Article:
My grandfather contracted dementia in his 70s. At first, he seemed fine – just an occasional forgetfulness and absentminded pacing around the house. He still remembered to take his medication, and his signature chuckle regularly appeared. Then, he started to progress through the dementia stages.

His laughter faded and he became wheelchair-bound after a few falls. Nevertheless, the family continued to visit regularly and bring him to day care centres. Then, one day, most of our names were wiped from his memory.

Unfortunately, we did not see those stages coming – they don’t knock on your door to issue a warning. Instead, the dementia patient goes through the stages, with small changes in behaviour. To help you prepare for what to expect, we encourage you to familiarise the seven dementia stages in the Reisberg scale.

 

 

dementia stages infographic

 

 

Dementia Stage 1: No cognitive decline

Your loved one will function normally, have no memory loss, and be mentally healthy. People with no dementia are considered to be in Stage 1.

Dementia Stage 2: Very mild cognitive decline

Symptoms in this dementia stage aren’t very strongly felt. Forgetfulness associated with ageing occurs, but are not evident to families or physicians yet.

Dementia Stage 3: Mild cognitive decline

At this dementia stage, families often notice a decline in cognitive abilities: increased forgetfulness, slight difficulty concentrating, and troubles with problem-solving. Recognising mild cognitive decline alleviates stress as suitable dementia caregiving methods and medical options can be considered sooner rather than later.

Dementia Stage 4: Moderate cognitive decline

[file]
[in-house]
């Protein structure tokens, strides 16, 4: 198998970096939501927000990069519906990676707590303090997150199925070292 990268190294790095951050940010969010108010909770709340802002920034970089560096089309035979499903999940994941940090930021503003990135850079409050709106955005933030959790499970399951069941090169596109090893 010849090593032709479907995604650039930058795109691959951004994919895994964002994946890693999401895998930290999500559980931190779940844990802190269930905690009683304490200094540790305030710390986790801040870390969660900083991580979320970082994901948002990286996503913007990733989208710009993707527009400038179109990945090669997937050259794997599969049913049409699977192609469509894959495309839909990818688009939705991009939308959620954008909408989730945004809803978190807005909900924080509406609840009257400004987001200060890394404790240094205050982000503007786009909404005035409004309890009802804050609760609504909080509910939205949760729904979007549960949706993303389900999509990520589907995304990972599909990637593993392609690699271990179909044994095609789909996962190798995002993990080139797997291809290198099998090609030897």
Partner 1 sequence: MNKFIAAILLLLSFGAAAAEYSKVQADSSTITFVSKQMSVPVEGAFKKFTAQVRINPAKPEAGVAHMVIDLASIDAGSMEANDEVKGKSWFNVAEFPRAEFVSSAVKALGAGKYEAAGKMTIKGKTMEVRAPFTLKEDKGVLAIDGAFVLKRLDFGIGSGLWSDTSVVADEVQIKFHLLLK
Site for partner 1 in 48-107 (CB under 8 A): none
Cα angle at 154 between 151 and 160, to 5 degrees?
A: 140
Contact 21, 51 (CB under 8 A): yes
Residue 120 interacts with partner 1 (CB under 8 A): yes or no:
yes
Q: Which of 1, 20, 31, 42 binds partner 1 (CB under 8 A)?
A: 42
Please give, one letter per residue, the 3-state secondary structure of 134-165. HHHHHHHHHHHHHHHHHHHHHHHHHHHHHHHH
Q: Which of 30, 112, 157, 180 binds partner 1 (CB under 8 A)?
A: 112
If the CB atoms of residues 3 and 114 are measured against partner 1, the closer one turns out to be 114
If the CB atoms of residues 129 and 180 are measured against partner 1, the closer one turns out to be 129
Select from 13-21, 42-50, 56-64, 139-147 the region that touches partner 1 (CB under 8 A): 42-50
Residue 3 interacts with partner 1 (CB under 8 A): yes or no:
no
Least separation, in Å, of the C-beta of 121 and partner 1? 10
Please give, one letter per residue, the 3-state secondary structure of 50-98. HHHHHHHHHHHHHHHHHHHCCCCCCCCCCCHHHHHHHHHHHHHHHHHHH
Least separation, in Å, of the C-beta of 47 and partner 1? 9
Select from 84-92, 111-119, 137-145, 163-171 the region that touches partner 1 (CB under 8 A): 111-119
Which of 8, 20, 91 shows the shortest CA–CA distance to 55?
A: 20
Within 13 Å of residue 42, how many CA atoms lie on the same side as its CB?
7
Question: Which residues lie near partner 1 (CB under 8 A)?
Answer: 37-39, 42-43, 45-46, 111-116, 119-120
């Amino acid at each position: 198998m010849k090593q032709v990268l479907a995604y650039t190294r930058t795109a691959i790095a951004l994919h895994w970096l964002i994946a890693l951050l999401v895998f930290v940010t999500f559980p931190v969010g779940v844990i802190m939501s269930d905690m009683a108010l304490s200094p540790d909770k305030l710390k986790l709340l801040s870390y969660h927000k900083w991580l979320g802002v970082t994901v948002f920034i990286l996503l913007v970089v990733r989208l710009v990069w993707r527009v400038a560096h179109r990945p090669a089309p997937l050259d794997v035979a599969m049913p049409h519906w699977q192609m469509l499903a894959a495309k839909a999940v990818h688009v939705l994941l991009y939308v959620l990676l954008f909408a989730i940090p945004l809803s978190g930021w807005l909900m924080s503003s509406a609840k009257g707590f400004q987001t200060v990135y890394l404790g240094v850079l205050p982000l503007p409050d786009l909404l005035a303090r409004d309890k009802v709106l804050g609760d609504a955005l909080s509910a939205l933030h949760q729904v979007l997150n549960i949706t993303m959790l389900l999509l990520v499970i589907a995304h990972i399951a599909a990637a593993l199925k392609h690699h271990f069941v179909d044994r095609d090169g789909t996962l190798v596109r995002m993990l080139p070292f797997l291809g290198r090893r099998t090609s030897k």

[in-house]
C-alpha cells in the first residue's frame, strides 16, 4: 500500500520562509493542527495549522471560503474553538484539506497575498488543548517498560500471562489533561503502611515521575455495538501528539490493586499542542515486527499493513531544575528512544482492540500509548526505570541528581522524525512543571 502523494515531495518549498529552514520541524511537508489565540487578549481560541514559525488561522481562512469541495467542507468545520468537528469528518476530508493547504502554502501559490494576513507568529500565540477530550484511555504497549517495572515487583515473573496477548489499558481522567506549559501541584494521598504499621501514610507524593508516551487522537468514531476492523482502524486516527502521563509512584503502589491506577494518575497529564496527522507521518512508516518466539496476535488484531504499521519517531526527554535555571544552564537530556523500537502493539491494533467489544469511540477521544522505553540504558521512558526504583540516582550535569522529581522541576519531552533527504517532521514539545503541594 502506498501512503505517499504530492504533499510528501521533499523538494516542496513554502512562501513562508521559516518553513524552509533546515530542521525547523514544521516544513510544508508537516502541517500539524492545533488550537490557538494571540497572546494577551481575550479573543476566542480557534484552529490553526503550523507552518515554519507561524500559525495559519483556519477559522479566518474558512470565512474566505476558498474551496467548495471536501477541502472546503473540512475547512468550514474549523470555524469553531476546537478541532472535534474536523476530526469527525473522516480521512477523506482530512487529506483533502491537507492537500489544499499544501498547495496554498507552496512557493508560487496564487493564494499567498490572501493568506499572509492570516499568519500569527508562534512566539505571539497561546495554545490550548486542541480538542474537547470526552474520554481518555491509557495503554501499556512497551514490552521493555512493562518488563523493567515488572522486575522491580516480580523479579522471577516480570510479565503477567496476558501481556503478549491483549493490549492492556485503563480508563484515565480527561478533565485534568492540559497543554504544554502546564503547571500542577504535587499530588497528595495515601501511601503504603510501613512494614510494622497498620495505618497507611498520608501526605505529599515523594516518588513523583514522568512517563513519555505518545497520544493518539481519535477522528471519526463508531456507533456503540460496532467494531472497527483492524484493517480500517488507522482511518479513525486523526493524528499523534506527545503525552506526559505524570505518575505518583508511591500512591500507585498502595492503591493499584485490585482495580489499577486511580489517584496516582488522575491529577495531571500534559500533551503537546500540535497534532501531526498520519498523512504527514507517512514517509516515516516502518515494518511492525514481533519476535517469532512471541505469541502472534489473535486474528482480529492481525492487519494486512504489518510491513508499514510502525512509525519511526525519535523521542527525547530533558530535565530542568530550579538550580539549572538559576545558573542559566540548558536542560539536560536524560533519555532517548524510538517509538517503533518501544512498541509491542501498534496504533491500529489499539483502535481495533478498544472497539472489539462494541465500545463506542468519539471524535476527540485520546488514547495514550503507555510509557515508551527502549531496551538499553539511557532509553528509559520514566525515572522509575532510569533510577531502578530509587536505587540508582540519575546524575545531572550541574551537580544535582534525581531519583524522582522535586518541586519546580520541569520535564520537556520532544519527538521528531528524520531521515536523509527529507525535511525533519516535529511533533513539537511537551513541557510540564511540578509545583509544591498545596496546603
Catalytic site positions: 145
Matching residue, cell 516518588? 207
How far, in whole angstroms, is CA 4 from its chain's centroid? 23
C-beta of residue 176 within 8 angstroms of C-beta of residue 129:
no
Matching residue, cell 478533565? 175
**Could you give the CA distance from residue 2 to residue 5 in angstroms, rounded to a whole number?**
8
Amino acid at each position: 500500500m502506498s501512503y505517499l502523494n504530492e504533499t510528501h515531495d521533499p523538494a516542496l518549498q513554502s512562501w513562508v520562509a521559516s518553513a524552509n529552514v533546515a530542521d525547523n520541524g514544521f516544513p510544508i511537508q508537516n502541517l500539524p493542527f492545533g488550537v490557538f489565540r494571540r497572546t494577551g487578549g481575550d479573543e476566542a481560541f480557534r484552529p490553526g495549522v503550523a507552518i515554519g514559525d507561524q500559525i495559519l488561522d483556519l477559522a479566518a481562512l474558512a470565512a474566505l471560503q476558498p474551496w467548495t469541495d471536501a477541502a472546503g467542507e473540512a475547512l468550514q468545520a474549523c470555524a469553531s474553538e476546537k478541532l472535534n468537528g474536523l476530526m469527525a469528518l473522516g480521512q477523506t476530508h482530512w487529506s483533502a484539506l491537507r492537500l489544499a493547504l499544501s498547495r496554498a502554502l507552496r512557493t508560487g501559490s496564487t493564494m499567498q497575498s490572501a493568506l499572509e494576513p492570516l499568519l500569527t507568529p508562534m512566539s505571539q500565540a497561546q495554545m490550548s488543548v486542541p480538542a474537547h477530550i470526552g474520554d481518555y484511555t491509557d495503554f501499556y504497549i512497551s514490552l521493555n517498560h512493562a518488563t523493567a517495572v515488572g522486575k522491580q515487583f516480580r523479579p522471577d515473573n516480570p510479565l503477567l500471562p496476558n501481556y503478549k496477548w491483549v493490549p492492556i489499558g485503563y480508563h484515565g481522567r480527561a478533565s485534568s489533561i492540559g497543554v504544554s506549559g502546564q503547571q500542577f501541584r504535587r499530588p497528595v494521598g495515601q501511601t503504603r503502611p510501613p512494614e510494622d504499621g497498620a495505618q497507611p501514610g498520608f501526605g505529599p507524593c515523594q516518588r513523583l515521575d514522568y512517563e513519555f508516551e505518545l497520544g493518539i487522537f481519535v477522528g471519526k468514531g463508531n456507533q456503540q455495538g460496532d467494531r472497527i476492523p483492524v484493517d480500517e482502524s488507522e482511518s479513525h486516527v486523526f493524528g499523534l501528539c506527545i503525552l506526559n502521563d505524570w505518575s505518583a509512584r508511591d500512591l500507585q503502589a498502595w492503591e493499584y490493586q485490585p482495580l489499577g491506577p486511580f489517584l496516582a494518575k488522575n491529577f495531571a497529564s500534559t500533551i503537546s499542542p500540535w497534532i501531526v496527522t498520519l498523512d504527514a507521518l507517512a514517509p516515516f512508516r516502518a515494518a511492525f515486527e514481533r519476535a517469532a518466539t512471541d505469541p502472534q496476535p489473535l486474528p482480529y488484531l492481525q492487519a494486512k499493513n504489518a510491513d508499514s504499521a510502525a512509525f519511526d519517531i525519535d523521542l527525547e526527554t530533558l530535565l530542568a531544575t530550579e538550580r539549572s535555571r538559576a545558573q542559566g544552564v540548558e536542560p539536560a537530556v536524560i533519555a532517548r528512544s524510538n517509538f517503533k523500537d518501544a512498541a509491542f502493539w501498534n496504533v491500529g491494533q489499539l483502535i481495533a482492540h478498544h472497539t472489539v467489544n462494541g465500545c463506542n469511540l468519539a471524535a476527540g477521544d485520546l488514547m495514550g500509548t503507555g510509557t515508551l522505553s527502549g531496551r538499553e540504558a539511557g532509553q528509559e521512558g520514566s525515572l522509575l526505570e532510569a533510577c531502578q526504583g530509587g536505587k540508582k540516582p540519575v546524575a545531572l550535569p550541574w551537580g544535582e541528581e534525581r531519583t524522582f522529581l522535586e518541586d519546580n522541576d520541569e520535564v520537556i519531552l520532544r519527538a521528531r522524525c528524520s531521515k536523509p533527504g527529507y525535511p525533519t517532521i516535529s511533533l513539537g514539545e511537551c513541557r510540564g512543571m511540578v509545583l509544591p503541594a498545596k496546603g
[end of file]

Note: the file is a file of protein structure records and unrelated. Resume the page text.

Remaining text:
Dementia patients start to experience more difficulty concentrating and decreased memory of recent events. They may be in denial and withdraw from their loved ones as socialising becomes tougher for them. My grandfather, for instance, began speaking less and staying at home more.

Dementia Stage 5: Severe cognitive decline

Your loved one usually requires some assistance to complete daily activities like dressing, bathing, and preparing meals. Major memory deficiencies may occur at this dementia stage and they may be unable to remember their address or know the time of the day.

Dementia Stage 6: Severe cognitive decline (mid-stage)

Extensive help is required to carry out daily activities at this dementia stage. Your loved one will start to forget names of their friends and family, and recent events. They may start to lose control of their bladder and bowel and face speech difficulties. Delusions and compulsions (repeating a simple behaviour) may occur as well.

Dementia Stage 7: Very severe cognitive decline (late-stage)

During this dementia stage, your loved one will become unable to care for themselves. They will lose the ability to speak, walk, or smile, and suffer from communication and motor impairment.  They will require even more love and care from their family members.

Now that you’ve familiarised yourself with the seven stages of dementia, you can help arrange for care specific to their needs. The process might be difficult but meaningful.

 

Sources: Alzheimer’s AssociationDementia Care Central

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